Michael Modon, a Corporate Financial Management and Economics major, spent an action-packed Spring Break in Seoul, South Korea as part of the CIEE South Korea Scholarship Program. Michael was one of 75 students from American universities selected to receive an all-expense paid trip to South Korea. The program is sponsored by the Korea Foundation, a nonprofit organization that promotes global awareness of Korean culture and lifestyle.
For nine days Michael and the other participants had the opportunity to observe many different aspects of Korean life. The group visited the Demilitarized Zone via the border town of Panmunjom. They also went on a two-day excursion to a rural part of the country, where they learned to play the jun-glu, a Korean drum, and do a traditional masked dance. They visited a Buddhist temple, toured two Korean folk museums, and had fun at Everland Amusement Park. “Every day was filled with various activities to help us learn more about Korea,” Michael notes.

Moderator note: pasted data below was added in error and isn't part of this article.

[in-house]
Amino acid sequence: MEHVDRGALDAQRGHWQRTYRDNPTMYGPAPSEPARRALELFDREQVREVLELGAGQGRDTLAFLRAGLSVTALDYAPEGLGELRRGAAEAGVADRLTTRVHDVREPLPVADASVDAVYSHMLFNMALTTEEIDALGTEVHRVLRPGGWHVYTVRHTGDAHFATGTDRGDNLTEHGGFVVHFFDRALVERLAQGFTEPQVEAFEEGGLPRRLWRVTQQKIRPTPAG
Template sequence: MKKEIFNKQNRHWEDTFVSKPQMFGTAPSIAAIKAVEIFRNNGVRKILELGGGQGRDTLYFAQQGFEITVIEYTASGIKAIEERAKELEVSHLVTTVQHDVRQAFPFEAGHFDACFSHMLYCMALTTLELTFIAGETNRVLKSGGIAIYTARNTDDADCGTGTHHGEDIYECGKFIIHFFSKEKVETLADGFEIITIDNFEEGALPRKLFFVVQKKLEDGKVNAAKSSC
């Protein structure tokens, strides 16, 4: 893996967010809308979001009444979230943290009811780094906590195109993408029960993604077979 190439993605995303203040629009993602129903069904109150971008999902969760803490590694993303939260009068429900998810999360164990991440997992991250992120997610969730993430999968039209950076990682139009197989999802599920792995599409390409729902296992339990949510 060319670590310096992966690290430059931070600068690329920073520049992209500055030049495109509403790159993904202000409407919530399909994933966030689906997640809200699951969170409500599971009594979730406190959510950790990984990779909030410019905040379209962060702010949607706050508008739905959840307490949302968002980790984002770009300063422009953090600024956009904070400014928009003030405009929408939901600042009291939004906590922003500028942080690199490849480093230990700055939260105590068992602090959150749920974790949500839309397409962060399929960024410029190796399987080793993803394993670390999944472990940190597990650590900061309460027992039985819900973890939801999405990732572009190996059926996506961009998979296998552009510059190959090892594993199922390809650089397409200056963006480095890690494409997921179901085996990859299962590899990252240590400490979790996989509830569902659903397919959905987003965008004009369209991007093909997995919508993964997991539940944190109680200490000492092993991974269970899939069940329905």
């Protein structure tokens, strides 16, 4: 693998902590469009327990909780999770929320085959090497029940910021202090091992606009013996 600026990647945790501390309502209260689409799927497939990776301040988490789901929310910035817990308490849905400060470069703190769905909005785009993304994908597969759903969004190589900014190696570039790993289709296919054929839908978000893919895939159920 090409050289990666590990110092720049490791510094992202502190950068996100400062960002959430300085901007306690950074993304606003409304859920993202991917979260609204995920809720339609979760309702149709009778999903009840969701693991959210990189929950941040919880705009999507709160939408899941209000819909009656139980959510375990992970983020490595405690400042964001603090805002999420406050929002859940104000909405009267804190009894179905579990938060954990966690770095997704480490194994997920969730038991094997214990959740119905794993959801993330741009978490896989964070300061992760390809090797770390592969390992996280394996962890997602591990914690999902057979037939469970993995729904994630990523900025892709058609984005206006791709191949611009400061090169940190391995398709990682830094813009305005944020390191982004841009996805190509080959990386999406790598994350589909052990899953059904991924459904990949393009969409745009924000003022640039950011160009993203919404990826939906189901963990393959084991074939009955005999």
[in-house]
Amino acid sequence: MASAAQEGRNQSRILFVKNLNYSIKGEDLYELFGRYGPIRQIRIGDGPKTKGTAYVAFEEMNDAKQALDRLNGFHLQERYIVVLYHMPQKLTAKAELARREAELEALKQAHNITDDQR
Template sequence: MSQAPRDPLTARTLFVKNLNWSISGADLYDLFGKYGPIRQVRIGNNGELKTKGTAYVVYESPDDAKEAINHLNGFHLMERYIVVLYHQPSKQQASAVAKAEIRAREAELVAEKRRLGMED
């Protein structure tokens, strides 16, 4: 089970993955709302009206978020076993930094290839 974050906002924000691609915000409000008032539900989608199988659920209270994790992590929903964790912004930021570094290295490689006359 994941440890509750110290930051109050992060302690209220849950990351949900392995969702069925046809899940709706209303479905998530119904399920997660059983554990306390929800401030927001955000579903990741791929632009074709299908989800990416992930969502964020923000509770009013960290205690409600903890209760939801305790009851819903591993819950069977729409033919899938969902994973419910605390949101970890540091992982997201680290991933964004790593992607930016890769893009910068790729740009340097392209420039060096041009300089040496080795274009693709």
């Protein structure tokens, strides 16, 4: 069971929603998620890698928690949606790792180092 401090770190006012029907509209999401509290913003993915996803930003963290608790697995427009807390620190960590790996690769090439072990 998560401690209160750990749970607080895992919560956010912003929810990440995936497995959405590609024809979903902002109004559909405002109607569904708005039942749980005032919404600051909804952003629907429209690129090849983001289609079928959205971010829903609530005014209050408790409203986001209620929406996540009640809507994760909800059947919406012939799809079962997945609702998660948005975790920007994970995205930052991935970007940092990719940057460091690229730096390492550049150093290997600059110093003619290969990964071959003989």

In Downtown Seoul, the group experienced Korean nightlife and enjoyed Korean cuisine. Michael was amazed at the size of the city. “Downtown Seoul is absolutely monstrous,” he says. “Over 11 million people call the city home, and a total of 23 million make up the city and surrounding suburbs. Bright neon lights, street vendors, and large open markets are everywhere. The subway boasts 13 lines.
The American students were hosted by Yonsei University and were able to interact with Korean college students who Michael noted were very kind and hospitable.
Michael was also impressed with the impact of capitalism on South Korean society. “South Korea is no doubt a first world country,” he says. “I’m actually inclined to say that some parts of Seoul are more developed than the U.S. The standard of living is very high, and Koreans have become very similar to Americans in the sense of working very hard because success is measured in terms of money.”
In summing up his Korean experience Michael says, “Overall, I was extremely impressed with how well South Korea has advanced in the global community. When I left, I was proud to have had this experience to learn about this dynamic country’s culture and people. Seoul will always be a special place to me.”
Michael would also encourage other UA students to apply to the Scholarship Program. “I'd encourage as many students as possible to apply - it's a free trip to Asia!”Tweet